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While I heartily concur with the previous suggestions on conducting
interviews, my own research suggests that this does not go far enough. In
short, what I recommend is that those interested in networks return to the
roots of this field, namely, anthropology. What I have found is that
ethnography (in the sense of in-depth participant observation) is the best way
to actually understand what is "going on" with networks. Everything else is
just an approximation.
For example, my own research is in Russia, where "everybody knows" networks
important. The term "blat," while commonly understood as relating to "pulling
strings" is not as commonly used as the frequent references in
"acquaintances" who were "helpful" or "useful."
When I asked people about the use of networks, I got vague answers like "I
never use them" or "I use them all the time," or in asking what they used them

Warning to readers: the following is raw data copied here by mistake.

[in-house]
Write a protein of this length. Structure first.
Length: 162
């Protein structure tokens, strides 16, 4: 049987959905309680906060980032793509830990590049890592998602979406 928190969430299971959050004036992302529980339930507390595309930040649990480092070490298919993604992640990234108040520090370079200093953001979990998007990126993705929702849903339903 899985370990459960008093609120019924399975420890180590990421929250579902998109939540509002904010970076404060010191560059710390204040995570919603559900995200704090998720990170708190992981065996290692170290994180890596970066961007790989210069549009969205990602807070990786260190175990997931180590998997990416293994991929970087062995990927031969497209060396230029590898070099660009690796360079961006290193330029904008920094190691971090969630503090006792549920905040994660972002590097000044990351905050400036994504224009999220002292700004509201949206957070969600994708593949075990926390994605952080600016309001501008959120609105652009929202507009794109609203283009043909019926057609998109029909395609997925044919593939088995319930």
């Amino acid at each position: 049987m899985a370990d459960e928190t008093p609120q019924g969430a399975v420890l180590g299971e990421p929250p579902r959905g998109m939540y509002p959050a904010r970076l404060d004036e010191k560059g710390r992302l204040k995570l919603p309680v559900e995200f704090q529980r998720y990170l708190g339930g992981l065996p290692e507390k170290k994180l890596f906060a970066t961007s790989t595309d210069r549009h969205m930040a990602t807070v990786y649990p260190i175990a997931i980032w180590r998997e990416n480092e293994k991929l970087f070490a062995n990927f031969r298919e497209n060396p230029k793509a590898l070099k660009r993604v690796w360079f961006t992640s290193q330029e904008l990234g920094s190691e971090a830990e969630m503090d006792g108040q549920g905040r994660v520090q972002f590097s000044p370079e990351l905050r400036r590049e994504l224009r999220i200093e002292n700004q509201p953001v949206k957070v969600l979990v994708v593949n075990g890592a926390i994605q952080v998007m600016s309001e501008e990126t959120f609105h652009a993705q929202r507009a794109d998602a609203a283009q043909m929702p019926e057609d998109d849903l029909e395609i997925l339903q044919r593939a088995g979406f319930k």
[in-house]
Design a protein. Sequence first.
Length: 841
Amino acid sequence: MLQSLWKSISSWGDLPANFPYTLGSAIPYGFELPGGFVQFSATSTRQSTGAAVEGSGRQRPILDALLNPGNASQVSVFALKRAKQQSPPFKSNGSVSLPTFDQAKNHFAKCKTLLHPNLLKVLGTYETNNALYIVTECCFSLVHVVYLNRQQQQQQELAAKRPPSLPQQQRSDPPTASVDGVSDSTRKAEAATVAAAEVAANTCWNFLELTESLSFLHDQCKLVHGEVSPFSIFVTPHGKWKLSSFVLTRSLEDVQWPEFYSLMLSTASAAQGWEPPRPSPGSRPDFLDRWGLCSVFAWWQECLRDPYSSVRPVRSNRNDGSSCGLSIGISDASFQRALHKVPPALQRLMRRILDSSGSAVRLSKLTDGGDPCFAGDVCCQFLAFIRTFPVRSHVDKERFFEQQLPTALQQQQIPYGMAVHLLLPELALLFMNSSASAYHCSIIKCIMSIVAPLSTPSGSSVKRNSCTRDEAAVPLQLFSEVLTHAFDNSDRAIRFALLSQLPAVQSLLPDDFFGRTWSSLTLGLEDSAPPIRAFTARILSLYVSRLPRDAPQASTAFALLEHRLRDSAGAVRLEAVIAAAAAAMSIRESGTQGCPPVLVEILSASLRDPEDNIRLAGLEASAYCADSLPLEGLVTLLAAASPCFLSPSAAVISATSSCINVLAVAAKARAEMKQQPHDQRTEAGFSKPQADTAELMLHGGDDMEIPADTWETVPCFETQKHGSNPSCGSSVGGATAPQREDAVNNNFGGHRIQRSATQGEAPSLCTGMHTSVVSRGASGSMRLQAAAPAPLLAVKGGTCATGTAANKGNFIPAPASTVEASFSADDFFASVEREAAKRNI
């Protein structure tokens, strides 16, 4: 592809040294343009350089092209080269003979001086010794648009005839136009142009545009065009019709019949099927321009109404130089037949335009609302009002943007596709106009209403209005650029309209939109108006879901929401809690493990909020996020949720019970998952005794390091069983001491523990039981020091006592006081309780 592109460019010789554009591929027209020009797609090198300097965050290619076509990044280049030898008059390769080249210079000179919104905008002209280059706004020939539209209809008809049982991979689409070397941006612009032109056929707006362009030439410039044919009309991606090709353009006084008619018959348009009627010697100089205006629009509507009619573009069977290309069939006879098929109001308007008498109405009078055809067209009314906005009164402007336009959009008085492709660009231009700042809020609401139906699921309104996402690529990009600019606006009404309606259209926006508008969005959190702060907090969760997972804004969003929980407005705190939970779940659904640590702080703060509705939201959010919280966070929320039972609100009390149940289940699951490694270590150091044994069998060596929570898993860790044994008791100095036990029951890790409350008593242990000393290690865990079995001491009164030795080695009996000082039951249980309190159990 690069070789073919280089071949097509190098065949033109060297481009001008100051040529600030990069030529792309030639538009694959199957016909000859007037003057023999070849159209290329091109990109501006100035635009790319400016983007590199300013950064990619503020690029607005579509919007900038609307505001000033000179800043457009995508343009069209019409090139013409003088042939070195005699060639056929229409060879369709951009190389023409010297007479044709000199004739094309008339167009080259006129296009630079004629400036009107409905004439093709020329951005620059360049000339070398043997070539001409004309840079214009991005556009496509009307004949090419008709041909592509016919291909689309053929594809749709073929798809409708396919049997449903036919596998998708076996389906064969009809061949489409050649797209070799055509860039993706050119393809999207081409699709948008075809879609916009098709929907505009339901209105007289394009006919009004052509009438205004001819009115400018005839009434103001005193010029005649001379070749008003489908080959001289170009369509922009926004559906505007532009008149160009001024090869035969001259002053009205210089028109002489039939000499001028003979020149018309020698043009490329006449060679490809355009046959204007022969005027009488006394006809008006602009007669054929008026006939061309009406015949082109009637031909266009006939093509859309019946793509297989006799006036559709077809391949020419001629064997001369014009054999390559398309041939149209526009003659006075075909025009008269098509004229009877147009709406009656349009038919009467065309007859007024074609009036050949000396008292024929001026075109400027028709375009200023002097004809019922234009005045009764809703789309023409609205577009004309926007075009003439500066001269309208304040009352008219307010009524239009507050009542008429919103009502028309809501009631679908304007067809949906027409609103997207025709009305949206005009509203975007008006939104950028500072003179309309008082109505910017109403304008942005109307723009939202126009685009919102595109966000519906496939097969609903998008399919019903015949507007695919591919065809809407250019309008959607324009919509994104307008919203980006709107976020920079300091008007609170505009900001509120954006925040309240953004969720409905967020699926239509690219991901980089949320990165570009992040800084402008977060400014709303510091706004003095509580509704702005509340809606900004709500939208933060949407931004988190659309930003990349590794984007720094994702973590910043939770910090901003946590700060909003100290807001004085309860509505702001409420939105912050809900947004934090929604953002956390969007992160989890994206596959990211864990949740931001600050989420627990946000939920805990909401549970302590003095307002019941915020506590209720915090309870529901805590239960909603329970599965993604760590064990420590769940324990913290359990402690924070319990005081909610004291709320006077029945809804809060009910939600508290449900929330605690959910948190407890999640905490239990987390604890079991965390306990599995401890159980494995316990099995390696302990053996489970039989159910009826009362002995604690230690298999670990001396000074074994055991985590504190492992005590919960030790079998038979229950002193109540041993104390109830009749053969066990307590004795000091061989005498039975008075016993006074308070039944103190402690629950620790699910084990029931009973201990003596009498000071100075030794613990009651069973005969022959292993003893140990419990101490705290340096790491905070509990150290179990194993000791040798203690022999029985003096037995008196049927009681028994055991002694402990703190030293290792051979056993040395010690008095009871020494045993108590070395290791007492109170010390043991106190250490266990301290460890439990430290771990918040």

for, "everything." When I worked with people and interacted with them in
normal settings, (that is, participant observation) I could watch them make
helpful suggestions to others and thus get an understanding of what role these
networks actual play.
I cannot provide a map or diagram of nets in Russia as with SNA, but I can
you what using those nets looks like. For an early draft of some of my
see my website: http://home.uchicago.edu/~sbusse
At 10:20 AM 6/23/2003 +0100, Graeme Larsen wrote:
> Dear Dee and other SOCNET colleagues,
> My PhD is using SNA to look at innovations within the construction industry,
> yet the further i get into the subject area the
> more i think we need to consider some of the attributes that shape
> relationships/ties. This will probably take a qualitative form. Thus i
> would also be very interested in any advice regarding this area.
> Graeme Larsen
> Doctoral Researcher
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